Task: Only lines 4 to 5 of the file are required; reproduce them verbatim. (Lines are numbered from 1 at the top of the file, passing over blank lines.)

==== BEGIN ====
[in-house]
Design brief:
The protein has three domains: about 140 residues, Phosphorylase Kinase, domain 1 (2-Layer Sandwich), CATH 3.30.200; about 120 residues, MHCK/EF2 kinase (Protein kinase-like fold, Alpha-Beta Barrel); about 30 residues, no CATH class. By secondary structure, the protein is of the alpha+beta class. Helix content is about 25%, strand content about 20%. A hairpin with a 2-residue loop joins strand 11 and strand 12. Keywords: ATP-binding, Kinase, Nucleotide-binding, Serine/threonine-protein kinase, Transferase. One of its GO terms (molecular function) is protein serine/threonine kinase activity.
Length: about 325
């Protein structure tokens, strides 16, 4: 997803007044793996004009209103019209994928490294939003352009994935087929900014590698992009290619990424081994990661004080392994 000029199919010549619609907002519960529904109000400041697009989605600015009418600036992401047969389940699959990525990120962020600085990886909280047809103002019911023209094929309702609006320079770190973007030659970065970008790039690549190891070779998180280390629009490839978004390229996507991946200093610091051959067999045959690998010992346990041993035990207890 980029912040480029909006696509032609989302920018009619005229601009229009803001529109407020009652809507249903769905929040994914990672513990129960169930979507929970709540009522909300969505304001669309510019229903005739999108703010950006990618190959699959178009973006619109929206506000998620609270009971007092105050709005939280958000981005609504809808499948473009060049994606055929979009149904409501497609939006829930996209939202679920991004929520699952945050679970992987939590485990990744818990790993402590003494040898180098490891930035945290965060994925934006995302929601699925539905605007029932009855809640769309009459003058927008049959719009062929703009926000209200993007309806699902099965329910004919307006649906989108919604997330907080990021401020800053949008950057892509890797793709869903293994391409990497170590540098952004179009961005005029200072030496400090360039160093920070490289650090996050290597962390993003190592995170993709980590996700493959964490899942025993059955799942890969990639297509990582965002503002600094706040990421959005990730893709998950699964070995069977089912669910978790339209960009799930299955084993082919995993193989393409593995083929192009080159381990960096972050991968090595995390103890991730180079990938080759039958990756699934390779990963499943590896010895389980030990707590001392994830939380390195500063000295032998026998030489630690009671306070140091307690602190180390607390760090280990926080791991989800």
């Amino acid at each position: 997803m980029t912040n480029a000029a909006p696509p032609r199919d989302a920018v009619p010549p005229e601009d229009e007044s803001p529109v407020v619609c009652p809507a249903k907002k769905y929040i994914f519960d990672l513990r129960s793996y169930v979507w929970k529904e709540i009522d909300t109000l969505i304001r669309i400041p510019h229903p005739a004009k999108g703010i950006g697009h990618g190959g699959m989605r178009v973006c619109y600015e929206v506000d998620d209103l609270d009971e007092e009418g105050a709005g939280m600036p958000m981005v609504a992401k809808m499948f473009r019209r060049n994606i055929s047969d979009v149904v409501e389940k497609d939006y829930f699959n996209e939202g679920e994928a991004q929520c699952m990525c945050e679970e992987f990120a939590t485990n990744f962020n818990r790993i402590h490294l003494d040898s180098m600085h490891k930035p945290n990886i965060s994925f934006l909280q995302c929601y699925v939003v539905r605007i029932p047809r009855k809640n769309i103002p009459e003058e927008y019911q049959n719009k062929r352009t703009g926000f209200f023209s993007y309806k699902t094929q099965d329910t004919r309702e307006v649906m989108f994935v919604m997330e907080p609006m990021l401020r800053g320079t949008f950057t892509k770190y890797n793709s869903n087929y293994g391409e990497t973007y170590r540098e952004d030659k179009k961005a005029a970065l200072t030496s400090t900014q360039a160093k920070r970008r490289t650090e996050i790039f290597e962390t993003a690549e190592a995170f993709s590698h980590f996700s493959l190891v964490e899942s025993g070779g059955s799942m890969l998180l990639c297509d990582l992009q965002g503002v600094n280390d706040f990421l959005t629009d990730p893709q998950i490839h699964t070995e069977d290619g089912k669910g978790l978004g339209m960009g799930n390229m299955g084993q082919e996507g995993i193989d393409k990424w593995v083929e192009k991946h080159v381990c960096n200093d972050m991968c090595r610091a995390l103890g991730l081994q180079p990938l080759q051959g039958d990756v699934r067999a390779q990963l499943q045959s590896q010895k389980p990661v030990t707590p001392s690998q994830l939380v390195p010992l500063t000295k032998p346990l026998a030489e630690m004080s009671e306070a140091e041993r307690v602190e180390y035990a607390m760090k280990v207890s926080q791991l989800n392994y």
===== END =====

Length: about 325
């Protein structure tokens, strides 16, 4: 997803007044793996004009209103019209994928490294939003352009994935087929900014590698992009290619990424081994990661004080392994 000029199919010549619609907002519960529904109000400041697009989605600015009418600036992401047969389940699959990525990120962020600085990886909280047809103002019911023209094929309702609006320079770190973007030659970065970008790039690549190891070779998180280390629009490839978004390229996507991946200093610091051959067999045959690998010992346990041993035990207890 980029912040480029909006696509032609989302920018009619005229601009229009803001529109407020009652809507249903769905929040994914990672513990129960169930979507929970709540009522909300969505304001669309510019229903005739999108703010950006990618190959699959178009973006619109929206506000998620609270009971007092105050709005939280958000981005609504809808499948473009060049994606055929979009149904409501497609939006829930996209939202679920991004929520699952945050679970992987939590485990990744818990790993402590003494040898180098490891930035945290965060994925934006995302929601699925539905605007029932009855809640769309009459003058927008049959719009062929703009926000209200993007309806699902099965329910004919307006649906989108919604997330907080990021401020800053949008950057892509890797793709869903293994391409990497170590540098952004179009961005005029200072030496400090360039160093920070490289650090996050290597962390993003190592995170993709980590996700493959964490899942025993059955799942890969990639297509990582965002503002600094706040990421959005990730893709998950699964070995069977089912669910978790339209960009799930299955084993082919995993193989393409593995083929192009080159381990960096972050991968090595995390103890991730180079990938080759039958990756699934390779990963499943590896010895389980030990707590001392994830939380390195500063000295032998026998030489630690009671306070140091307690602190180390607390760090280990926080791991989800």